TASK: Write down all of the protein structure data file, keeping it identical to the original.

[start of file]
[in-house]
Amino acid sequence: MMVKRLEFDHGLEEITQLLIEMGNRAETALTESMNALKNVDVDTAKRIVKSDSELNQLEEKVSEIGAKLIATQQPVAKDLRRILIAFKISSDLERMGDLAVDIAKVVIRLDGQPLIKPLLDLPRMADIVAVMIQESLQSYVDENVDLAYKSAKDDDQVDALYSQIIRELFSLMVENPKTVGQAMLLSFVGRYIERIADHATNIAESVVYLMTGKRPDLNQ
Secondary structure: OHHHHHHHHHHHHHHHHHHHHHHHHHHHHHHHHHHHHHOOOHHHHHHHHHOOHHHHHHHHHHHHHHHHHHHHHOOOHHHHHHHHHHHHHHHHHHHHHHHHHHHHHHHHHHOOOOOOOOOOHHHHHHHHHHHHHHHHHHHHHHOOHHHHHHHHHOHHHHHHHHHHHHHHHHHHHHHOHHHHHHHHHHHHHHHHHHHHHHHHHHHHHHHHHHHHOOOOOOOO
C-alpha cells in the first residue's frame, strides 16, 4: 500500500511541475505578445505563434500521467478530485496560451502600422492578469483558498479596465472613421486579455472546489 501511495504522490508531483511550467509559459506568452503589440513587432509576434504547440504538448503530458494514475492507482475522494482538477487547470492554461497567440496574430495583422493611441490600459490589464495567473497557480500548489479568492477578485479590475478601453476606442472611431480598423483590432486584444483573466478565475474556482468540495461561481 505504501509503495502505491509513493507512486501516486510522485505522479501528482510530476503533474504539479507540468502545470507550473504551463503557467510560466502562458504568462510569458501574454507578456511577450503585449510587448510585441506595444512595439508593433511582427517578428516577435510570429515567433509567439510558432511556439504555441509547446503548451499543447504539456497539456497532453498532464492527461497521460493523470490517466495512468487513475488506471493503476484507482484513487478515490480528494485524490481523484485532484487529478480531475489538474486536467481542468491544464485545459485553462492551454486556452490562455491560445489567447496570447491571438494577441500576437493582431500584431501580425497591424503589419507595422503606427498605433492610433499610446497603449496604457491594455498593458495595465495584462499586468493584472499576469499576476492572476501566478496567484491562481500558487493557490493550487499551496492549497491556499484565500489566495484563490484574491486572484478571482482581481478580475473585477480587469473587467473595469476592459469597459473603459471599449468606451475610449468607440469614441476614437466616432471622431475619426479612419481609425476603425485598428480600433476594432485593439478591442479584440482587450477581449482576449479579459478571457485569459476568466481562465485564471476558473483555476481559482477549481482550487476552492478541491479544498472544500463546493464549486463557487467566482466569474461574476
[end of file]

[in-house]
Amino acid sequence: MMVKRLEFDHGLEEITQLLIEMGNRAETALTESMNALKNVDVDTAKRIVKSDSELNQLEEKVSEIGAKLIATQQPVAKDLRRILIAFKISSDLERMGDLAVDIAKVVIRLDGQPLIKPLLDLPRMADIVAVMIQESLQSYVDENVDLAYKSAKDDDQVDALYSQIIRELFSLMVENPKTVGQAMLLSFVGRYIERIADHATNIAESVVYLMTGKRPDLNQ
Secondary structure: OHHHHHHHHHHHHHHHHHHHHHHHHHHHHHHHHHHHHHOOOHHHHHHHHHOOHHHHHHHHHHHHHHHHHHHHHOOOHHHHHHHHHHHHHHHHHHHHHHHHHHHHHHHHHHOOOOOOOOOOHHHHHHHHHHHHHHHHHHHHHHOOHHHHHHHHHOHHHHHHHHHHHHHHHHHHHHHOHHHHHHHHHHHHHHHHHHHHHHHHHHHHHHHHHHHHOOOOOOOO
C-alpha cells in the first residue's frame, strides 16, 4: 500500500511541475505578445505563434500521467478530485496560451502600422492578469483558498479596465472613421486579455472546489 501511495504522490508531483511550467509559459506568452503589440513587432509576434504547440504538448503530458494514475492507482475522494482538477487547470492554461497567440496574430495583422493611441490600459490589464495567473497557480500548489479568492477578485479590475478601453476606442472611431480598423483590432486584444483573466478565475474556482468540495461561481 505504501509503495502505491509513493507512486501516486510522485505522479501528482510530476503533474504539479507540468502545470507550473504551463503557467510560466502562458504568462510569458501574454507578456511577450503585449510587448510585441506595444512595439508593433511582427517578428516577435510570429515567433509567439510558432511556439504555441509547446503548451499543447504539456497539456497532453498532464492527461497521460493523470490517466495512468487513475488506471493503476484507482484513487478515490480528494485524490481523484485532484487529478480531475489538474486536467481542468491544464485545459485553462492551454486556452490562455491560445489567447496570447491571438494577441500576437493582431500584431501580425497591424503589419507595422503606427498605433492610433499610446497603449496604457491594455498593458495595465495584462499586468493584472499576469499576476492572476501566478496567484491562481500558487493557490493550487499551496492549497491556499484565500489566495484563490484574491486572484478571482482581481478580475473585477480587469473587467473595469476592459469597459473603459471599449468606451475610449468607440469614441476614437466616432471622431475619426479612419481609425476603425485598428480600433476594432485593439478591442479584440482587450477581449482576449479579459478571457485569459476568466481562465485564471476558473483555476481559482477549481482550487476552492478541491479544498472544500463546493464549486463557487467566482466569474461574476